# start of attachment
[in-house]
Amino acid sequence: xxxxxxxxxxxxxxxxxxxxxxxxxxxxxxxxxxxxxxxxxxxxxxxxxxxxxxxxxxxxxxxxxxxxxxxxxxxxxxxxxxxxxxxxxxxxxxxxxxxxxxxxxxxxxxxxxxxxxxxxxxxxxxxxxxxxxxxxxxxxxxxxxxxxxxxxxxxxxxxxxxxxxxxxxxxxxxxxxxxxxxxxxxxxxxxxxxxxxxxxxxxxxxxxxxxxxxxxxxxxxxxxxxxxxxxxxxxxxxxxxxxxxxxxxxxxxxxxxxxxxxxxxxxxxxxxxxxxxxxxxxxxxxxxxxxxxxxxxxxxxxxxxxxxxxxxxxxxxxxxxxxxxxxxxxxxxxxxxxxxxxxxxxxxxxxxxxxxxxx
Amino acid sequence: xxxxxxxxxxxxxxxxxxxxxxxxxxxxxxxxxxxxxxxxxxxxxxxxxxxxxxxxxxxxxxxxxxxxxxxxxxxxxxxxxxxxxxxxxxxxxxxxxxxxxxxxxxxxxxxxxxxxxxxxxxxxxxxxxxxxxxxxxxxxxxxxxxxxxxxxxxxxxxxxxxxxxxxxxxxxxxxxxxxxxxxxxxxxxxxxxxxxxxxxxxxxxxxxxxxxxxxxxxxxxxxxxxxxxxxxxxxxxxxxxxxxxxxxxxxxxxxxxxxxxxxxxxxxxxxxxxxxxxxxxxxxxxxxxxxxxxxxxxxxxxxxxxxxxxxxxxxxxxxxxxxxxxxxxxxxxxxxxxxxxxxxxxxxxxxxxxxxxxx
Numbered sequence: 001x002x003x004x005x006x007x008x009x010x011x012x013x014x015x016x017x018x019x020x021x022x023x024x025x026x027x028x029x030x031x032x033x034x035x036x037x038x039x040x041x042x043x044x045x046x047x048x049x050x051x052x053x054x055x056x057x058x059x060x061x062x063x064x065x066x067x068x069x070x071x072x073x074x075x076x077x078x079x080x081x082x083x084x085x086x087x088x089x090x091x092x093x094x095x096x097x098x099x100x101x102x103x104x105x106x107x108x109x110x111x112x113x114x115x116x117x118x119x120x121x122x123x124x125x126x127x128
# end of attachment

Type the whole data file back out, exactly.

[in-house]
Amino acid sequence: xxxxxxxxxxxxxxxxxxxxxxxxxxxxxxxxxxxxxxxxxxxxxxxxxxxxxxxxxxxxxxxxxxxxxxxxxxxxxxxxxxxxxxxxxxxxxxxxxxxxxxxxxxxxxxxxxxxxxxxxxxxxxxxxxxxxxxxxxxxxxxxxxxxxxxxxxxxxxxxxxxxxxxxxxxxxxxxxxxxxxxxxxxxxxxxxxxxxxxxxxxxxxxxxxxxxxxxxxxxxxxxxxxxxxxxxxxxxxxxxxxxxxxxxxxxxxxxxxxxxxxxxxxxxxxxxxxxxxxxxxxxxxxxxxxxxxxxxxxxxxxxxxxxxxxxxxxxxxxxxxxxxxxxxxxxxxxxxxxxxxxxxxxxxxxxxxxxxxxx
Amino acid sequence: xxxxxxxxxxxxxxxxxxxxxxxxxxxxxxxxxxxxxxxxxxxxxxxxxxxxxxxxxxxxxxxxxxxxxxxxxxxxxxxxxxxxxxxxxxxxxxxxxxxxxxxxxxxxxxxxxxxxxxxxxxxxxxxxxxxxxxxxxxxxxxxxxxxxxxxxxxxxxxxxxxxxxxxxxxxxxxxxxxxxxxxxxxxxxxxxxxxxxxxxxxxxxxxxxxxxxxxxxxxxxxxxxxxxxxxxxxxxxxxxxxxxxxxxxxxxxxxxxxxxxxxxxxxxxxxxxxxxxxxxxxxxxxxxxxxxxxxxxxxxxxxxxxxxxxxxxxxxxxxxxxxxxxxxxxxxxxxxxxxxxxxxxxxxxxxxxxxxxxx
Numbered sequence: 001x002x003x004x005x006x007x008x009x010x011x012x013x014x015x016x017x018x019x020x021x022x023x024x025x026x027x028x029x030x031x032x033x034x035x036x037x038x039x040x041x042x043x044x045x046x047x048x049x050x051x052x053x054x055x056x057x058x059x060x061x062x063x064x065x066x067x068x069x070x071x072x073x074x075x076x077x078x079x080x081x082x083x084x085x086x087x088x089x090x091x092x093x094x095x096x097x098x099x100x101x102x103x104x105x106x107x108x109x110x111x112x113x114x115x116x117x118x119x120x121x122x123x124x125x126x127x128